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Smoldering with volcanic passion and cross-genre fire, Francesco Patierno’s documentary The War of the Volcanoes recounts Roberto Rosselini’s eruption with Italian actress Anna Magnani and fusion with Hollywood star Ingrid Bergman.
The love saga unfolds across two Mediterranean islands, where rival productions Volcano and Stromboli, Terra di Dio were both shot in 1949. Magnani starred in Volcano, directed by William Dieterle, while Bergman became Rosselini’s leading lady on Stromboli, both onscreen and off.
Told entirely through a mashup of archival material, the film also remixes archetypes. The betrayed! The betrayer! The saint, mother, whore! Not only did the feuding films divide public opinion, so too their divas commanded hostile moral camps. In Bergman’s case, abandoning husband Petter Lindström and daughter Pia and bearing Rossellini’s child also incurred banishment from Hollywood and America for nearly a decade as well as religious rumble both stateside and in Italy.
Patierno originally set out to make a dramatic feature about the historic scandal, as he revealed during a press conference for the New York Film Festival (September 28 to October 14, 2012), where the film is part of a Cinema Reflected sidebar. Along the way he lit on the clever and engaging, if at times overblown, device of re-splicing old footage and stills to do his reporting.
Opening titles give a hint of the alchemy at hand. The three icons’ names come up over images of fiery lava, black crag and crashing night sea. Nota bene: there’ll be challenged souls and infernal forces to reckon with here. But surely hell hath no fury like Magnani shrieking “Ti amo!” in Rosselini’s 1948 film about a jilted lover, L’amore. The scene climaxes a montage of newsreels and clips from such Rosselini classics as Rome, Open City and Paisà voiced over by an audio of Bergman recalling her 1949 fan letter to the Italian director conveying her wish to work with him.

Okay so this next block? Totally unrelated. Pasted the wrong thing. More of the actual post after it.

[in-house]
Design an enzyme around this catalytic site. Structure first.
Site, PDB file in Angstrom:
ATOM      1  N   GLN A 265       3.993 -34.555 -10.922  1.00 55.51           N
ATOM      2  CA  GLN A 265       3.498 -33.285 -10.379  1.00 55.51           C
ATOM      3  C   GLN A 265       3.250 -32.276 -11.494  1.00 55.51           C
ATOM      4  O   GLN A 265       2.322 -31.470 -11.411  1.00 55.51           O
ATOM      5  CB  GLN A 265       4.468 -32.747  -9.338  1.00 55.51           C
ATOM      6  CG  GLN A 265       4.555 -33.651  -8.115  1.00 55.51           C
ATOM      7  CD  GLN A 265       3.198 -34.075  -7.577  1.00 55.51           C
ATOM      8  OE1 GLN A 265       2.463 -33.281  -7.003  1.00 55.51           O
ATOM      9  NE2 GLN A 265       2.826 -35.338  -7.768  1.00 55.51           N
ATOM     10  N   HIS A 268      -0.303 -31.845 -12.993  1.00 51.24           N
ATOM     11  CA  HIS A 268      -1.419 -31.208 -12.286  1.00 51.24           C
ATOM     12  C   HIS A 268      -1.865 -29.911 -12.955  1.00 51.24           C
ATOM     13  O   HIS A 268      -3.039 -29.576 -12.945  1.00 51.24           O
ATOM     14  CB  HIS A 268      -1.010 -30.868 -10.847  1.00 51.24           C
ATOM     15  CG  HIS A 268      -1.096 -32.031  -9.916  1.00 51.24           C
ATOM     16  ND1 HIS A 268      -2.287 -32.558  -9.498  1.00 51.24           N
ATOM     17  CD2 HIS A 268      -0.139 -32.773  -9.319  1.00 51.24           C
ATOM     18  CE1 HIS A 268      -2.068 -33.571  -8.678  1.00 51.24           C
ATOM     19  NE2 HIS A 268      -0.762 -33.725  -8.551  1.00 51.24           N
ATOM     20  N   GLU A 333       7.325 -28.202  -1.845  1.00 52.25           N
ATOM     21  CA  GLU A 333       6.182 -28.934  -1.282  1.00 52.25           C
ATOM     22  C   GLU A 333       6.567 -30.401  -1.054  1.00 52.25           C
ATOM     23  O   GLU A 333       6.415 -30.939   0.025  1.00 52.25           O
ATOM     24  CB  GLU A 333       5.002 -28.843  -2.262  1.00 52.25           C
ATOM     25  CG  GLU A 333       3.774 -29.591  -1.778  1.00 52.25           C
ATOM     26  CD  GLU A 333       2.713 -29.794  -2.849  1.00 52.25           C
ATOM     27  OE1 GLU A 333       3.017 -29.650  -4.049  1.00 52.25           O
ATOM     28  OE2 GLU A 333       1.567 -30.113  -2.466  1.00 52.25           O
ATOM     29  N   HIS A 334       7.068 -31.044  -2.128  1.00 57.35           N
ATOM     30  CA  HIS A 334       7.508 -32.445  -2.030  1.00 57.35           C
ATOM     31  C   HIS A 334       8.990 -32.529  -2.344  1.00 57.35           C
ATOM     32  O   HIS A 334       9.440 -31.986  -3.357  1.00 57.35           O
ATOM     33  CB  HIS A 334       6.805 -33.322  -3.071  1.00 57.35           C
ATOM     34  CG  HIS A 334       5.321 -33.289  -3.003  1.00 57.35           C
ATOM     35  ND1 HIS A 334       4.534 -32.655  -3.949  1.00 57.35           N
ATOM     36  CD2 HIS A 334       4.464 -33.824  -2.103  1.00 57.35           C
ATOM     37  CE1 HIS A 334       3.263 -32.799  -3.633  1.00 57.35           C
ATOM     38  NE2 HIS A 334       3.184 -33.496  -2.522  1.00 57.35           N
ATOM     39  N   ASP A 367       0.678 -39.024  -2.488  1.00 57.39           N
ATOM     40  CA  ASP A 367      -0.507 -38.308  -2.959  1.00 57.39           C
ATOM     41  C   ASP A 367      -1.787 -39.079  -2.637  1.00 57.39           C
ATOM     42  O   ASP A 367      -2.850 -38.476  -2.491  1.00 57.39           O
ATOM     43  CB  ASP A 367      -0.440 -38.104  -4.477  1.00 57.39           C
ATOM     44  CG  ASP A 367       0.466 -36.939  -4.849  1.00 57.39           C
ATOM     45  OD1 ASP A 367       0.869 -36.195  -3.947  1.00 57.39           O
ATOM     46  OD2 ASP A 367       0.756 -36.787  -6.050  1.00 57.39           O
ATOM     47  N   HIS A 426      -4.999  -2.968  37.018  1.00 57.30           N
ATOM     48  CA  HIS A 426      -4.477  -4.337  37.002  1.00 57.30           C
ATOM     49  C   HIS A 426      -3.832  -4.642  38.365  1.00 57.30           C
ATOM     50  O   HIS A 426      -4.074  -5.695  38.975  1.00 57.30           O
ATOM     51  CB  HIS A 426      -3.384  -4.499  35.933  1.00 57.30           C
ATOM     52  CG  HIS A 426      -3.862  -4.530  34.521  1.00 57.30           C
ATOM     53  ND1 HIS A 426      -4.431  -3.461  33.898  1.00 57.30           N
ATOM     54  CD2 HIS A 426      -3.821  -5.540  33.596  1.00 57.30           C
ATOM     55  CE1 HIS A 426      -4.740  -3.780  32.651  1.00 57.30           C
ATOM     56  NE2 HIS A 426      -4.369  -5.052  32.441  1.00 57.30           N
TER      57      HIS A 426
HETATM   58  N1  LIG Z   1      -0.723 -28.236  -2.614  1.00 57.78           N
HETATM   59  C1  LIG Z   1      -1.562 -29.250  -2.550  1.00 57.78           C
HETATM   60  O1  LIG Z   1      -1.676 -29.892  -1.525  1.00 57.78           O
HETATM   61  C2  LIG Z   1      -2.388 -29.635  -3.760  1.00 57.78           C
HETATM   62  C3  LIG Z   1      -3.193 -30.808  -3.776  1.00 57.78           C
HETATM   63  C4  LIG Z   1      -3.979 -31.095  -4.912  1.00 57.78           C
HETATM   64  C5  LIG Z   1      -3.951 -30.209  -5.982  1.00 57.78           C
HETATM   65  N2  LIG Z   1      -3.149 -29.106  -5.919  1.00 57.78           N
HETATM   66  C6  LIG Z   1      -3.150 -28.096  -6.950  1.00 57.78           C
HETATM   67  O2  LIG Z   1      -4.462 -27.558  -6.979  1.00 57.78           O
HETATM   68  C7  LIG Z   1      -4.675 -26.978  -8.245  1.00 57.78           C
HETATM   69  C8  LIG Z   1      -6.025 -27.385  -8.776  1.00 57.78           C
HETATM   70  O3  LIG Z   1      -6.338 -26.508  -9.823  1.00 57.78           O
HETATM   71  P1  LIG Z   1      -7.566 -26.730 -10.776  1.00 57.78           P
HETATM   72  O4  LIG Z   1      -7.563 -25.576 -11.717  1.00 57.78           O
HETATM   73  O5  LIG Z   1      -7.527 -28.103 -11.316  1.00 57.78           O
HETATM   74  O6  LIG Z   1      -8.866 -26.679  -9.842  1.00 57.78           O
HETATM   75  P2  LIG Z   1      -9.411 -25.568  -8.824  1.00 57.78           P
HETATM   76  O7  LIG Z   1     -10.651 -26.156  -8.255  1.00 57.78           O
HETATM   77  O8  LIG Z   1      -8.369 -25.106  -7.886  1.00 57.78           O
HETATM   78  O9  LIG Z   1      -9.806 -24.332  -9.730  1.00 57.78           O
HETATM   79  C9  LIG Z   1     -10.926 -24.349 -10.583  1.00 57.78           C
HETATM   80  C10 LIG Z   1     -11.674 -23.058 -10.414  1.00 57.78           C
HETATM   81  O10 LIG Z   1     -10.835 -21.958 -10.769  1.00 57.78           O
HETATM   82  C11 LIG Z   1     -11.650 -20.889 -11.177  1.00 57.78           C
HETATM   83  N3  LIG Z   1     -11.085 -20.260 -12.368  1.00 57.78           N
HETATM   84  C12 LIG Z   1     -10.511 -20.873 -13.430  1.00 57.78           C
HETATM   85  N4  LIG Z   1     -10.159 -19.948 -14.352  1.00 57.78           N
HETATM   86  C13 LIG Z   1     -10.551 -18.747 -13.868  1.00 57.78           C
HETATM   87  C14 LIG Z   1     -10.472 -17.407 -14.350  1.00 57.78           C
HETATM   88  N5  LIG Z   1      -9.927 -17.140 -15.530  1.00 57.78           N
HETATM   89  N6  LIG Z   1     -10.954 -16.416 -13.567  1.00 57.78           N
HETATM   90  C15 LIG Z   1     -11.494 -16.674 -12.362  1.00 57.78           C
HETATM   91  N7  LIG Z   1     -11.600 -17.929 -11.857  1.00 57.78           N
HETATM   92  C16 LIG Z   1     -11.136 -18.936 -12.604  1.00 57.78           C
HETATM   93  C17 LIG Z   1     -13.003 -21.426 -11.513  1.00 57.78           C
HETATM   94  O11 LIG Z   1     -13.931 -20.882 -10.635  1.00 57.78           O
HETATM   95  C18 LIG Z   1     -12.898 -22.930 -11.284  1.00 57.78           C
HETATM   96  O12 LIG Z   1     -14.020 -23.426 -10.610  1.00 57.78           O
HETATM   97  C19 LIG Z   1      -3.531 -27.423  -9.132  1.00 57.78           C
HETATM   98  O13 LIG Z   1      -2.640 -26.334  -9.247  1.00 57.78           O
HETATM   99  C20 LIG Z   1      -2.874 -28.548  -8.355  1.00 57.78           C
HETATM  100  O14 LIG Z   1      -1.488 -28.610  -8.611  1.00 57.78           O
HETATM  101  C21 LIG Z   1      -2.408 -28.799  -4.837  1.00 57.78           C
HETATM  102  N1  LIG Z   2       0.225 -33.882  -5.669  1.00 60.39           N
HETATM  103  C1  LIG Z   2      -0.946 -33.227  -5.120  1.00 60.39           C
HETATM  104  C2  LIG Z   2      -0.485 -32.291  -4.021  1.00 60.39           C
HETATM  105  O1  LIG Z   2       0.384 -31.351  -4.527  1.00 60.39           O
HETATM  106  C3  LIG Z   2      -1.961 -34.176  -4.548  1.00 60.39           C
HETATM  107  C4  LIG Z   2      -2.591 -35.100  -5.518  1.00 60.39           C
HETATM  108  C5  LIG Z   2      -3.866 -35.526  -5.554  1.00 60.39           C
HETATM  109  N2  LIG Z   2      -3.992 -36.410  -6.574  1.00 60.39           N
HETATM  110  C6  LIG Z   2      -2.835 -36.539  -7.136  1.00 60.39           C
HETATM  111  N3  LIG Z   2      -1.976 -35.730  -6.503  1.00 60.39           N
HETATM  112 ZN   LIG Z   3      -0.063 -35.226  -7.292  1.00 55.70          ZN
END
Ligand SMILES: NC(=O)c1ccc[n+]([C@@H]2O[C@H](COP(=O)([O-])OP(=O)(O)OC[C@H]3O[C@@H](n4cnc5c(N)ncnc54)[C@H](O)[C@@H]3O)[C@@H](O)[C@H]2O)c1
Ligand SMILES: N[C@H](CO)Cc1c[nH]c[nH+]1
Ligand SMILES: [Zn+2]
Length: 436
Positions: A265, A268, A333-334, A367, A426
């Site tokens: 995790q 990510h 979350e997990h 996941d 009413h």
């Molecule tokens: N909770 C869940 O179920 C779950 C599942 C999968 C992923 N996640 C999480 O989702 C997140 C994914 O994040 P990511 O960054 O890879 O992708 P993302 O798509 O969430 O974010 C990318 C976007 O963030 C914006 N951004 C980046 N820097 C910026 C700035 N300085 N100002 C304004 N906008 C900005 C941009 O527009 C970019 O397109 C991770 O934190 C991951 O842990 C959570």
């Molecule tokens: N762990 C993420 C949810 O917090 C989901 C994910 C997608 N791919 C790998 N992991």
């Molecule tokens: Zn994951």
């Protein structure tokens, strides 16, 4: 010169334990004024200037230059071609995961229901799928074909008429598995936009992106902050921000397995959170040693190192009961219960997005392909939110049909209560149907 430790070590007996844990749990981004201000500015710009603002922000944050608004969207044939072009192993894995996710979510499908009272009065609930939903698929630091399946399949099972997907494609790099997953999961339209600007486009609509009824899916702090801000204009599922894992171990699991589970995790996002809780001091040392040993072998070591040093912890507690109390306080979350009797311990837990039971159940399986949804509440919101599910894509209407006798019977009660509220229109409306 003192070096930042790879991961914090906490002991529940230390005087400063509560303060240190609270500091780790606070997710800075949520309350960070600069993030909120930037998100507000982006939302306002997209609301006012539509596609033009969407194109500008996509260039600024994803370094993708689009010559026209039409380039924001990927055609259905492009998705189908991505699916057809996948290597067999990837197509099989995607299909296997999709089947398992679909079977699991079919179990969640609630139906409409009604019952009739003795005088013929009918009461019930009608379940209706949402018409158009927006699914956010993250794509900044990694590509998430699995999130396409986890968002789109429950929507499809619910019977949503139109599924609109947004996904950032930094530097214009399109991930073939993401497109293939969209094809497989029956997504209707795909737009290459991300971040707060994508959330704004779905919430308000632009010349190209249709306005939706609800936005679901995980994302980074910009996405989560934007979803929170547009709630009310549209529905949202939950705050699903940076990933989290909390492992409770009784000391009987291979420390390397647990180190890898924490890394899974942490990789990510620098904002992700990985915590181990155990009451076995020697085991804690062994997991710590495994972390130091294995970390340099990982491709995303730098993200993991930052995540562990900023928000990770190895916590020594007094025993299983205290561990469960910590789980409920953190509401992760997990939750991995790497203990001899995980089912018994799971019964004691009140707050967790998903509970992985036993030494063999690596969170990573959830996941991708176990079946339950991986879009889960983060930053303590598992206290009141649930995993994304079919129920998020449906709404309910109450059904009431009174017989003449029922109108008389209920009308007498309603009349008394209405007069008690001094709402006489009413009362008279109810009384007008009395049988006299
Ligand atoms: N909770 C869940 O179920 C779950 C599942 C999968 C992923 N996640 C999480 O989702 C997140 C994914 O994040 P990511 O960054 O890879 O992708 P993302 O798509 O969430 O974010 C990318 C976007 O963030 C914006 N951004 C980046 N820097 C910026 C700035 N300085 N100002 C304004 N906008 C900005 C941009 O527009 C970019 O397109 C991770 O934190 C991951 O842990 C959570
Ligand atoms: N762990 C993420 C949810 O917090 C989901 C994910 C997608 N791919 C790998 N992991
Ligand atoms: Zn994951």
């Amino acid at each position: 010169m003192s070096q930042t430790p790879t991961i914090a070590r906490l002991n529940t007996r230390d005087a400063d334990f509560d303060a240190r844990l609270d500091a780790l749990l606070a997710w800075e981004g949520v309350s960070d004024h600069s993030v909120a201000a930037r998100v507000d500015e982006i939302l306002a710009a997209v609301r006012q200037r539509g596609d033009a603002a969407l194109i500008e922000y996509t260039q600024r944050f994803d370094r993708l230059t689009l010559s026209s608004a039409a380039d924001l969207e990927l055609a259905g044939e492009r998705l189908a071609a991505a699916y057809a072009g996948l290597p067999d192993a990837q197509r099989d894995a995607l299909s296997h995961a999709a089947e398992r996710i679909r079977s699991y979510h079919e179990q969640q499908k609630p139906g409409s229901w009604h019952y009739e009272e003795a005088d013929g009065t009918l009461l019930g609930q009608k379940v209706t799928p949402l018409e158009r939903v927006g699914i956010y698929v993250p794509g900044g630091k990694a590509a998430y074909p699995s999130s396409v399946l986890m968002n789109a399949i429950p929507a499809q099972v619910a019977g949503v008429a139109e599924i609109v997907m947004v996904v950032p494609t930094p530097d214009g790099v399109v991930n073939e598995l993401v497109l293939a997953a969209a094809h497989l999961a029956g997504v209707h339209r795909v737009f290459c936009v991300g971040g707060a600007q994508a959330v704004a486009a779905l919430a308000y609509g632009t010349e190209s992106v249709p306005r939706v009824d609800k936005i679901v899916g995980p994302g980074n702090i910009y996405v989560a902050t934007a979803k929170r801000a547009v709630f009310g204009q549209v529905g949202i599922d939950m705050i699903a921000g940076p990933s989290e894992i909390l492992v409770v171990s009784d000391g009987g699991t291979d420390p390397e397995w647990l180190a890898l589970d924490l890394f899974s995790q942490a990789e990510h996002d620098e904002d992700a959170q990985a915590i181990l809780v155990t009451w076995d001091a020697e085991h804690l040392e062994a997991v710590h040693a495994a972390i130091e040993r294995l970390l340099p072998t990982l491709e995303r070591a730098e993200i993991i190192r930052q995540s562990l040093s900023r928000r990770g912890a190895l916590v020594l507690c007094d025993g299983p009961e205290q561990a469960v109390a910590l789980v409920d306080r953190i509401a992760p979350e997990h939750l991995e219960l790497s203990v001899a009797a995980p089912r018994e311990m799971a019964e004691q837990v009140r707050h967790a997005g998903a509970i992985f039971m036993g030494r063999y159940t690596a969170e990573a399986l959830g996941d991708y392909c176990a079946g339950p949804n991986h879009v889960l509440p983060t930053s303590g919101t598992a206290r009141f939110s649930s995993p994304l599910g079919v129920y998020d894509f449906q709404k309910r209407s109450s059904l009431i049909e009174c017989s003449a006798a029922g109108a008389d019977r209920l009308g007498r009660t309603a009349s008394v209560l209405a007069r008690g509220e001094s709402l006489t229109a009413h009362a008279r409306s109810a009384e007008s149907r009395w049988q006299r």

A string of similarly styled sequences bead together Patierno’s 52-minute pastiche. The effect is a compulsively watchable, spirited and well-paced work in its own right. Yet, it’s hard not to wonder about dramatic and non-fiction pairings with some of the more outsized archival takes.
Borrowing from enacted scenes to chronicle real life, the documentary often uses the names of the dueling actresses instead of the heroines they’re portraying onscreen. “I didn’t make up anything,” Patierno said about the emotional ventriloquy. Rather, he “studied what was happening in the period” and scoured archives in Italy, Sweden and the U.S. to produce the frames of his film, many of them previously unseen.
In one particularly eyebrow-raising reprise, a vintage movie character is called “an opportunist and a manipulator.” The dialogue is retrofitted to describe Lindström. Just how viewers may be influenced by such characterizations remains to be seen. What’s established is that both films flopped spectacularly when they premiered in Rome during the same week in 1950. Not even Rossellini’s cousin Renzo Avanza -- whose source material Rosselini had filched for Stromboli and who in response had helped mount Volcano with Magnani – could enjoy primordial revenge.
More lamentable, though, was Rossellini’s lost anti-war message. In his essay, "Why I Directed Stromboli,” he wrote, "one of the toughest lessons from this last war is the danger of aggressive egotism," which he felt created "a new solitude."
The War of the Volcanoes closes with a sweep of the desolate terrain and its spewing gases as the narrator insists the story is not about Anna, Ingrid and Roberto, but about a volcano that endures across time. It's too little too late to convince. Yet it invokes a god's eye view of human follies and lofts the guilty pleasure of pondering them.
Patierno's documentary invites a fresh look at the work and era it probes. Beyond the magma-like behavior of its protagonists, it also begs consideration of the genres and techniques -- documentary versus fiction and neorealism versus melodrama -- that open a second front in his filmically daring campaign.
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